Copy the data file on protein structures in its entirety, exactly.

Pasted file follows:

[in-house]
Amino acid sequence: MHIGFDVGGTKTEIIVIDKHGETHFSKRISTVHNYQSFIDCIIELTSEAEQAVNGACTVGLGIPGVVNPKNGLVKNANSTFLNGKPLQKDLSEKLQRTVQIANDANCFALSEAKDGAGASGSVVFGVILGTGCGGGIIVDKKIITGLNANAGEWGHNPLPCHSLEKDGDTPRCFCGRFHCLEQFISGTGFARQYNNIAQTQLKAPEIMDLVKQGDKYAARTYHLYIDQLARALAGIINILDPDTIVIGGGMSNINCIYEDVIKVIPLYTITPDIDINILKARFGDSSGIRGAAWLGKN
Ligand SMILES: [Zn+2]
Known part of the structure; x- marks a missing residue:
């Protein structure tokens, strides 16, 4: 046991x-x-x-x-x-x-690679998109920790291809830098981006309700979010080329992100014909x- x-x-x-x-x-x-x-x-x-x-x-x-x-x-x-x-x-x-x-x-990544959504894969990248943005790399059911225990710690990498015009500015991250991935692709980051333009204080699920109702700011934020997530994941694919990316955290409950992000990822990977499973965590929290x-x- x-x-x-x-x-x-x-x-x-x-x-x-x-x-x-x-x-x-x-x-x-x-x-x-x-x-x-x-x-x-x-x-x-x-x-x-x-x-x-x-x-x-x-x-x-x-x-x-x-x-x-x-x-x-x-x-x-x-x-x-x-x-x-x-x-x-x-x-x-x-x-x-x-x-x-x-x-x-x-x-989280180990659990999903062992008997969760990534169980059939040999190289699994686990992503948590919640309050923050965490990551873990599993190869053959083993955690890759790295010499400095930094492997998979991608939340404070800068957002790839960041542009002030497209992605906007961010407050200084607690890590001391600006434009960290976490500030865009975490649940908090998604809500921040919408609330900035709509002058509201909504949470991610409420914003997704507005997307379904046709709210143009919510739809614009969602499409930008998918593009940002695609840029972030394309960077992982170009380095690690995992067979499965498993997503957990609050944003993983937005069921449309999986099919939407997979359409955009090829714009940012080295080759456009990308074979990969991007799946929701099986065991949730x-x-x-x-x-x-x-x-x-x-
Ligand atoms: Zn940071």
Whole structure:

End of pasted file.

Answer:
[in-house]
Amino acid sequence: MHIGFDVGGTKTEIIVIDKHGETHFSKRISTVHNYQSFIDCIIELTSEAEQAVNGACTVGLGIPGVVNPKNGLVKNANSTFLNGKPLQKDLSEKLQRTVQIANDANCFALSEAKDGAGASGSVVFGVILGTGCGGGIIVDKKIITGLNANAGEWGHNPLPCHSLEKDGDTPRCFCGRFHCLEQFISGTGFARQYNNIAQTQLKAPEIMDLVKQGDKYAARTYHLYIDQLARALAGIINILDPDTIVIGGGMSNINCIYEDVIKVIPLYTITPDIDINILKARFGDSSGIRGAAWLGKN
Ligand SMILES: [Zn+2]
Known part of the structure; x- marks a missing residue:
């Protein structure tokens, strides 16, 4: 046991x-x-x-x-x-x-690679998109920790291809830098981006309700979010080329992100014909x- x-x-x-x-x-x-x-x-x-x-x-x-x-x-x-x-x-x-x-x-990544959504894969990248943005790399059911225990710690990498015009500015991250991935692709980051333009204080699920109702700011934020997530994941694919990316955290409950992000990822990977499973965590929290x-x- x-x-x-x-x-x-x-x-x-x-x-x-x-x-x-x-x-x-x-x-x-x-x-x-x-x-x-x-x-x-x-x-x-x-x-x-x-x-x-x-x-x-x-x-x-x-x-x-x-x-x-x-x-x-x-x-x-x-x-x-x-x-x-x-x-x-x-x-x-x-x-x-x-x-x-x-x-x-x-x-989280180990659990999903062992008997969760990534169980059939040999190289699994686990992503948590919640309050923050965490990551873990599993190869053959083993955690890759790295010499400095930094492997998979991608939340404070800068957002790839960041542009002030497209992605906007961010407050200084607690890590001391600006434009960290976490500030865009975490649940908090998604809500921040919408609330900035709509002058509201909504949470991610409420914003997704507005997307379904046709709210143009919510739809614009969602499409930008998918593009940002695609840029972030394309960077992982170009380095690690995992067979499965498993997503957990609050944003993983937005069921449309999986099919939407997979359409955009090829714009940012080295080759456009990308074979990969991007799946929701099986065991949730x-x-x-x-x-x-x-x-x-x-
Ligand atoms: Zn940071």
Whole structure: